Plantaphilia emerged from a shared passion for plants between the painter Paula Turmina and design historian Iria Suarez, both London based. The project started in 2016, through the recording of plants encountered during walks. Through imagination, we portray the world of plants in a series of individual films that reflect on one plant each. The interaction between the human and plants is captured in a poetic view in the form of colour, shape and sound and invites the viewer to apply its own perspective and reflection of the plant. For each encounter, we ask: what sound does this plant make? how does a plant think?
Plantaphilia uses the tool of the analogue film as a conceptual process that mimics the plant process of absorbing light, the plants to create photosynthesis and the film to create an image.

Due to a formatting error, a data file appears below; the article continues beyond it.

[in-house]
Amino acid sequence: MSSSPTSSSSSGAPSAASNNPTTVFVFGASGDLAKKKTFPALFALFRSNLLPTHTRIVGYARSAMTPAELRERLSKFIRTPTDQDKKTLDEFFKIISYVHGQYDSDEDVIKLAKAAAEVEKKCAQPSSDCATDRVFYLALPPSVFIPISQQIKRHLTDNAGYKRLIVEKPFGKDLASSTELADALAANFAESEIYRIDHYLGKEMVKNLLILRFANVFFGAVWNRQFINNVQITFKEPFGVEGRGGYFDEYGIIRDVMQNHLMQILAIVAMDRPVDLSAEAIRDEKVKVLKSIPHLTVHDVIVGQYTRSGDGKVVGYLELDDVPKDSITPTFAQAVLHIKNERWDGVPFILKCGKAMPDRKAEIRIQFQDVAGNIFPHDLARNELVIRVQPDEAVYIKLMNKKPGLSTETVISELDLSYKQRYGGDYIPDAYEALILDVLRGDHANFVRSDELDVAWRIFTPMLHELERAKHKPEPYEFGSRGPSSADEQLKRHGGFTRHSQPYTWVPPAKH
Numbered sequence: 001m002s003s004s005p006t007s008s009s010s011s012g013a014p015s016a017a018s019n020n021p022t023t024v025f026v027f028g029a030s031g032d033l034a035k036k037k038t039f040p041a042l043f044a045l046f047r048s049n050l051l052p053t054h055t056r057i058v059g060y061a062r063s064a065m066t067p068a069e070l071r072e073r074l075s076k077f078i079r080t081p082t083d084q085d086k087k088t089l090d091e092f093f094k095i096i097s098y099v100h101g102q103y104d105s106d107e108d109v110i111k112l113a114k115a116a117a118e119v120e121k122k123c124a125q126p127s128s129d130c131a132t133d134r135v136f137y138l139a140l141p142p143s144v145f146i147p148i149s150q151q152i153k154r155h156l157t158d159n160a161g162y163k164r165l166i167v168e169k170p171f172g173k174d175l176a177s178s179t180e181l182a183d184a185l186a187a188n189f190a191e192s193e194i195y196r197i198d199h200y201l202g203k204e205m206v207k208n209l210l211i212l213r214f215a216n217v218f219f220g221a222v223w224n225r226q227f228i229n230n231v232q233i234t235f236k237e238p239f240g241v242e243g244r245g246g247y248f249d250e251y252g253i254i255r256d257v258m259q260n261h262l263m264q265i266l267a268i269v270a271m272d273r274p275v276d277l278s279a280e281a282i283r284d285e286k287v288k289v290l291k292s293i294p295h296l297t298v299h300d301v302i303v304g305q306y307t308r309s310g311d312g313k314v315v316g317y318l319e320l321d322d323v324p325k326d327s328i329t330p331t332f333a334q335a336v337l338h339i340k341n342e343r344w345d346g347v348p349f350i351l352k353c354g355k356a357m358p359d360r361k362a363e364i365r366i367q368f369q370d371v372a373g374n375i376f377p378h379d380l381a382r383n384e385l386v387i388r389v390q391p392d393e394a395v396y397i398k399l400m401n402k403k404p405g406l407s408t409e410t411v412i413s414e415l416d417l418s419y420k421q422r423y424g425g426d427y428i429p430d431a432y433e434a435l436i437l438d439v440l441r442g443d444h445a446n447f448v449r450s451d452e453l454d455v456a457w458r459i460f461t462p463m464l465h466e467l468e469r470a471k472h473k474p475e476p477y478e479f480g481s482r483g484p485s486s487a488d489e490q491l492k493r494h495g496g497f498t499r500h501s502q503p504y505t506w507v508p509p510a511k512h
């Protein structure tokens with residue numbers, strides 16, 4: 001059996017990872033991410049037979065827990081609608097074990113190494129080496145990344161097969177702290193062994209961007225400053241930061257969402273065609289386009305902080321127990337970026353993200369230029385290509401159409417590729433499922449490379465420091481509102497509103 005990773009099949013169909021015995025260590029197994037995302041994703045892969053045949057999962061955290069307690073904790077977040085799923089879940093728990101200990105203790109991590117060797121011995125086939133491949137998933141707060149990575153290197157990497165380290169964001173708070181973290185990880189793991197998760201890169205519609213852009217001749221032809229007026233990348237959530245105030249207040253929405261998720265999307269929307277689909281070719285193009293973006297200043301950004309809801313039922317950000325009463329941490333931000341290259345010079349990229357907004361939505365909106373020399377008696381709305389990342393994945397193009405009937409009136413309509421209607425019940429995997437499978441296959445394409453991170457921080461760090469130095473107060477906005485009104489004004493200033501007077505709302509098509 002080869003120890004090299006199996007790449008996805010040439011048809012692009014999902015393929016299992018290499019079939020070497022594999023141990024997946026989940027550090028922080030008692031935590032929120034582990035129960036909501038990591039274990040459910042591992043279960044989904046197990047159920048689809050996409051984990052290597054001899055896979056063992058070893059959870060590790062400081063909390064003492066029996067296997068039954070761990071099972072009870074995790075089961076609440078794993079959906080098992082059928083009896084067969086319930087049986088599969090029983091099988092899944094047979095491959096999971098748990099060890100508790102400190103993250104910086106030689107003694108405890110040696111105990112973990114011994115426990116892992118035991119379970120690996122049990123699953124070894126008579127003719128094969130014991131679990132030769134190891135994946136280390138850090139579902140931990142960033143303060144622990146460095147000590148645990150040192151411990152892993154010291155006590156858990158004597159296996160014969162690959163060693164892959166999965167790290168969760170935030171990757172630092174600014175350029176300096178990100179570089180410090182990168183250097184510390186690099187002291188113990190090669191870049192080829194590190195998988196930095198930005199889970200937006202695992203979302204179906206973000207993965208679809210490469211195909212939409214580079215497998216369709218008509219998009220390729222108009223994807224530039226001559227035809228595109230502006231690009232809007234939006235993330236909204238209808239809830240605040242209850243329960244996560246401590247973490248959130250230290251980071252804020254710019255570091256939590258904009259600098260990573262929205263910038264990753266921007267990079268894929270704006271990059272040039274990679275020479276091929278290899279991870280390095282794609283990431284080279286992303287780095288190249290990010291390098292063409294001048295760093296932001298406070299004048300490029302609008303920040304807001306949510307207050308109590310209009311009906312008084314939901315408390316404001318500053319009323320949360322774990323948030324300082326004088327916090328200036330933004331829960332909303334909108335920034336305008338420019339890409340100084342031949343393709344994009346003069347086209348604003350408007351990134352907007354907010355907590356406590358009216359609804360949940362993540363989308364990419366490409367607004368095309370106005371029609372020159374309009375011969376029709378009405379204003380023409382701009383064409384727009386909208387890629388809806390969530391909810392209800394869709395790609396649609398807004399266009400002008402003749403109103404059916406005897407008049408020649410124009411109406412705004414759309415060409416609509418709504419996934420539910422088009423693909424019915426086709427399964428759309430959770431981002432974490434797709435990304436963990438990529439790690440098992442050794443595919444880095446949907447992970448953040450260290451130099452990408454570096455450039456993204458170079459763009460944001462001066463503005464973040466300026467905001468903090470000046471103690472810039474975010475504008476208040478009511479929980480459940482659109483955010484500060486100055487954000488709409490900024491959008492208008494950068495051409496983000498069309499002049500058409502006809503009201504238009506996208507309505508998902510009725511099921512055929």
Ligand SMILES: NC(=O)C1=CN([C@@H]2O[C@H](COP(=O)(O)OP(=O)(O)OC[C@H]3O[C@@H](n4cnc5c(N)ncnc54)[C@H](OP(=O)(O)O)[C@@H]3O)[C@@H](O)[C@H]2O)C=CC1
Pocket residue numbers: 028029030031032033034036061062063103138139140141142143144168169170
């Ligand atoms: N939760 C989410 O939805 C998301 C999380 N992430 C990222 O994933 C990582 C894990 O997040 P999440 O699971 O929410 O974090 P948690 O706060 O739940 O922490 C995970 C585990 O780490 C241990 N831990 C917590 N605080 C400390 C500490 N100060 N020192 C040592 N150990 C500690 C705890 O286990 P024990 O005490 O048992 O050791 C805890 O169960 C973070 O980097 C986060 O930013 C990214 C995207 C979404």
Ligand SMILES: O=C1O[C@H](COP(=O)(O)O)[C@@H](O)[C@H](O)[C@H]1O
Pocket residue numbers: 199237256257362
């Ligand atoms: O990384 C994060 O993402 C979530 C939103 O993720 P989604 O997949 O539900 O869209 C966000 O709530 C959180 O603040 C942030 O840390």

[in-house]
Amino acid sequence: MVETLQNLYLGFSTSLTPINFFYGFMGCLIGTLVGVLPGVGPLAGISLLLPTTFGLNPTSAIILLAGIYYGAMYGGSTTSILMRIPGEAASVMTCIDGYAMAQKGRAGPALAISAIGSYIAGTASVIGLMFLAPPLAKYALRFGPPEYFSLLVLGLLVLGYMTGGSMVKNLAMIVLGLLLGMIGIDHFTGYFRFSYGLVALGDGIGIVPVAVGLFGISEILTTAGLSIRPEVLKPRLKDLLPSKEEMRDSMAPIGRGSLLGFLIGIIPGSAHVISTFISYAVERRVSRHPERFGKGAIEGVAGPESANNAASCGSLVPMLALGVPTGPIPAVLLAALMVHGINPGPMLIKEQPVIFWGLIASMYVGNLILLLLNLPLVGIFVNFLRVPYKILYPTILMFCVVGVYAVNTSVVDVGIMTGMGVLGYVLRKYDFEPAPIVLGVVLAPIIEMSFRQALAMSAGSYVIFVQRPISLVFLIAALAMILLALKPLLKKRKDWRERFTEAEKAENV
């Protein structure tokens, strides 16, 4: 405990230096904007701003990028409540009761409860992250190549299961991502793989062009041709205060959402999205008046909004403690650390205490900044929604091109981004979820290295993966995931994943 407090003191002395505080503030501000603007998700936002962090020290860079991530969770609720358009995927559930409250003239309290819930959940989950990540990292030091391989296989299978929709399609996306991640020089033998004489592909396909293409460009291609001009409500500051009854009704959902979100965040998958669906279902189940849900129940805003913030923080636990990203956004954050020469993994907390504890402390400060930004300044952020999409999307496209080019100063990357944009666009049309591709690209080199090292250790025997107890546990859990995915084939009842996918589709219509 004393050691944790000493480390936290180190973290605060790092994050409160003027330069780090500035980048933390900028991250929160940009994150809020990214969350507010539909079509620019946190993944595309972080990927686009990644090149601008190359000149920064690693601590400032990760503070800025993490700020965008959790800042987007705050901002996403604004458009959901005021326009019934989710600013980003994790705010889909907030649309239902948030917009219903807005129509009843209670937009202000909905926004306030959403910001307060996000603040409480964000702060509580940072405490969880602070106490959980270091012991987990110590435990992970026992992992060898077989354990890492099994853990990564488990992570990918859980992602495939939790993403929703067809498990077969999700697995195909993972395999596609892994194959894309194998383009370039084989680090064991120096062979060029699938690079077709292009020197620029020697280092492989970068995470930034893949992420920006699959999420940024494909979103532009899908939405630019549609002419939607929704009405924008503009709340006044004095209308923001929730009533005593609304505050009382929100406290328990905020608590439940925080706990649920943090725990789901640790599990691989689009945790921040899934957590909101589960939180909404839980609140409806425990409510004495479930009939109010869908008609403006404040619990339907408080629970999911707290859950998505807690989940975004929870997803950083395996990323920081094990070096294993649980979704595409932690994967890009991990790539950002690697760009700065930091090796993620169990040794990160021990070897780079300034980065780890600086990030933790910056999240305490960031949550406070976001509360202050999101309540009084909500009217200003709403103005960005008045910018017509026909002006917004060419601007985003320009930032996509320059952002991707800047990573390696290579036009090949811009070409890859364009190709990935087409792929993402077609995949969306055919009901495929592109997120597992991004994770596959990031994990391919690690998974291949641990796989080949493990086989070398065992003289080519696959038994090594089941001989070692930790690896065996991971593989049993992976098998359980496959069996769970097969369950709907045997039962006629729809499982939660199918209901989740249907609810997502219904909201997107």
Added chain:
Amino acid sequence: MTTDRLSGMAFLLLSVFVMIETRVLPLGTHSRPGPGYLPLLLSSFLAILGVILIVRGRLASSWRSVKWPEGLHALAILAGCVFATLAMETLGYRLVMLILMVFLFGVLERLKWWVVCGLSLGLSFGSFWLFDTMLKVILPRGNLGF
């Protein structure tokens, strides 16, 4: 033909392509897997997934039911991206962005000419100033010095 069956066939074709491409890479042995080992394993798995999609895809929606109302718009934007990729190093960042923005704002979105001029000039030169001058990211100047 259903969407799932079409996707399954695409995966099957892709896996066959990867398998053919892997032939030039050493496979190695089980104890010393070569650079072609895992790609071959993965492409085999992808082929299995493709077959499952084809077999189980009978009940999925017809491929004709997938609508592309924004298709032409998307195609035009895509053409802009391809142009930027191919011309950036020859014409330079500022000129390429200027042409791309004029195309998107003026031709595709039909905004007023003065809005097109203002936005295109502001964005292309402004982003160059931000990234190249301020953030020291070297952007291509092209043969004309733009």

The project considers the effects of phytophilia (the love of plants) in such an encounter and embraces indigenous knowledge and worldviews. It contains the potential to radically change the observer in that it opens his thought to the flux of becoming and metamorphosis, largely inaccessible from the standpoint of Western metaphysics. The plants researched for the project are specifically connected to the history of botany and medicine, acknowledging the colonial encounter between the Old and the New World and consequently how plants were seeing and displaced.